Project Closure involves releasing the final deliverables to the customer, handing over project documentation to the business, terminating supplier contracts, releasing project resources and communicating project closure to all stakeholders. The last remaining step is to undertake a Post Implementation Review to identify the level of project success and note any lessons learned for future projects.
This is the final stage in the project, and is often the one that is skipped on or sometimes missed altogether, with project managers and teams keen to move onto their next challenge. In this final stage, it is the responsibility of the project manager to ensure that the project is closed down properly. This involves ensuring that the success criteria have been met. The project manager should ensure that the client is happy with the deliverables and that the project is signed-off. All outstanding risks and issues should be addressed – either they are covered off and closed down or plans in place to address them after the project has closed. The project closure phase is the opportunity to review the overall performance of the project and identify the things that went well and the things that didn’t go so well and these can form the foundation of a lessons-learned report that can feed into other projects. The project closure phase should produce a final report that can be used to communicate the project’s performance to management and other stakeholders.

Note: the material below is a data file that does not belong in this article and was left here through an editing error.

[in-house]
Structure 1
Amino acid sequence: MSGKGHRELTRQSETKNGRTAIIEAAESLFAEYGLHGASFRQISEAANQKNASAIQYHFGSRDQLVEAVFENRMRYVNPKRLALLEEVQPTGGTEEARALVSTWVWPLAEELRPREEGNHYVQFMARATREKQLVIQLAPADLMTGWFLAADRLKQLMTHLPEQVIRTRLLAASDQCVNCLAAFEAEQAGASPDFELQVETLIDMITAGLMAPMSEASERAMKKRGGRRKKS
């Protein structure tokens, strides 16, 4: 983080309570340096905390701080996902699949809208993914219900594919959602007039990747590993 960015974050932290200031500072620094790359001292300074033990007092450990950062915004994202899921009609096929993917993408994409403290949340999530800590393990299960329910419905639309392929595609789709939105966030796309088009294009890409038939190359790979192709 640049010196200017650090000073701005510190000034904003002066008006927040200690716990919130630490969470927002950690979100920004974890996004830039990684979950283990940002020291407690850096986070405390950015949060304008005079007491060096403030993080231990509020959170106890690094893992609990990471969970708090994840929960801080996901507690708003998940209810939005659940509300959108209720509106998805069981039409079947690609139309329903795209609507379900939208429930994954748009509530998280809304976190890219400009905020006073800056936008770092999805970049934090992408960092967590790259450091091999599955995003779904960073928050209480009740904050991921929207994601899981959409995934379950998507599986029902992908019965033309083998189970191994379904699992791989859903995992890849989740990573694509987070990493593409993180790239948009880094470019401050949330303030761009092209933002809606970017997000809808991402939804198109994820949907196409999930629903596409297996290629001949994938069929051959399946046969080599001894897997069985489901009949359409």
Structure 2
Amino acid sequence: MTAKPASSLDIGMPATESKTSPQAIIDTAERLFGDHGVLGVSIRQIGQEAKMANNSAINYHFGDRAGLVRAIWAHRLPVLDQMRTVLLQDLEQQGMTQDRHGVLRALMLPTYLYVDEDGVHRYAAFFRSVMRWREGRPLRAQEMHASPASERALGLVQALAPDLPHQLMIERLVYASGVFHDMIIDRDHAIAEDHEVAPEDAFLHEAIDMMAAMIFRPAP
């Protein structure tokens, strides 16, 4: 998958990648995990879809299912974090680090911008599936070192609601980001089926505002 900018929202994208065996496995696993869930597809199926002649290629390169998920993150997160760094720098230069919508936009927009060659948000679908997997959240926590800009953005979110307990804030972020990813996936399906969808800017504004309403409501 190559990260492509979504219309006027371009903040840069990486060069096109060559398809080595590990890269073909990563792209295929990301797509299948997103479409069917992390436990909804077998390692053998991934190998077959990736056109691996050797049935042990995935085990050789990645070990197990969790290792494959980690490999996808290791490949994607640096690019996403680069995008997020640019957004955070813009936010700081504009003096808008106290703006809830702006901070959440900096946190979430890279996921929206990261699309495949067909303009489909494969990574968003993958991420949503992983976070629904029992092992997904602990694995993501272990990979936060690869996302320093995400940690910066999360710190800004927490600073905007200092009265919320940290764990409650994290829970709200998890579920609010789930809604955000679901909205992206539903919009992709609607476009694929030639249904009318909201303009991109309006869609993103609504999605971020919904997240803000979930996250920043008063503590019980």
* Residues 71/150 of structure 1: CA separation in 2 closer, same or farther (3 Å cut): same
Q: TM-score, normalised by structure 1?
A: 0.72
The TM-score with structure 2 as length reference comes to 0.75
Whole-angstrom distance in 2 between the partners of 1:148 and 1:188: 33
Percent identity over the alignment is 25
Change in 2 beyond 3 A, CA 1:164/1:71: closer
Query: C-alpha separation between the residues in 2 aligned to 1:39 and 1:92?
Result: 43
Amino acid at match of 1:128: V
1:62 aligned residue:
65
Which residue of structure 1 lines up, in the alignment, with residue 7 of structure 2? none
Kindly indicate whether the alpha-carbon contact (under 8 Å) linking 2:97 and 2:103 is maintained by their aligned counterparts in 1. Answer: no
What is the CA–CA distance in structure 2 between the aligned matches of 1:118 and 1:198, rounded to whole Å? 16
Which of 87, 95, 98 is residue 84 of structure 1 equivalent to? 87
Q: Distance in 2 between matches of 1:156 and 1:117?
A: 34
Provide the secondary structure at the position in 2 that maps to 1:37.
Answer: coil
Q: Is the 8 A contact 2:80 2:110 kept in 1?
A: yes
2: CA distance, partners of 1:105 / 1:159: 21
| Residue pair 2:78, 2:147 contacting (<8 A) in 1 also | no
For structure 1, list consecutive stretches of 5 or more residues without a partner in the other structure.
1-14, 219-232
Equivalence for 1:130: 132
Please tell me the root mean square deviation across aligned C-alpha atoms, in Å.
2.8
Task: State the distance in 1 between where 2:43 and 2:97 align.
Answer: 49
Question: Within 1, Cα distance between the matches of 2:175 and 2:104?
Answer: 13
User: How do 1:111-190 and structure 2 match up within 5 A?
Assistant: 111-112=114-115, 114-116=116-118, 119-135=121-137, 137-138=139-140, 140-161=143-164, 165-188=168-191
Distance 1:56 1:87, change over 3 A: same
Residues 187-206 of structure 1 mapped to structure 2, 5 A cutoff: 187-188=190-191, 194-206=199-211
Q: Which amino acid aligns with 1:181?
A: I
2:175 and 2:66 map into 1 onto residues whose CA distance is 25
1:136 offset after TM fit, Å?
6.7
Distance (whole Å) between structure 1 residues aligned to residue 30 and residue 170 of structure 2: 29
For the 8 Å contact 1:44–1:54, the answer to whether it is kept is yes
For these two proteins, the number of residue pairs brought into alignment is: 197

Here are some specific steps you can take to close a phase in a project:
- Make sure you understand all of the deliverables and quality audits that must be passed to move out of a phase. The deliverables should be in your project plan.
- Gather measurements and reports that describe project or phase performance.
- Create a checklist based on the deliverables and associated measurements completed showing their success. Prove completion or provide justification why the deliverable was not needed.
- Receive approval from the customer or sponsor for the end of the phase and to move on to the next phase.
- Store the documents from the phase in your project files. If they are to be changed, make sure you have a good process and justification for the changes.
- Hold lessons learned as soon after the phase completion as possible. Try to get participation from as many stakeholders as possible.
- Document the lessons learned in a nonjudgmental way, and share with the rest of your organization. Try and implement as many improvements in other projects as possible.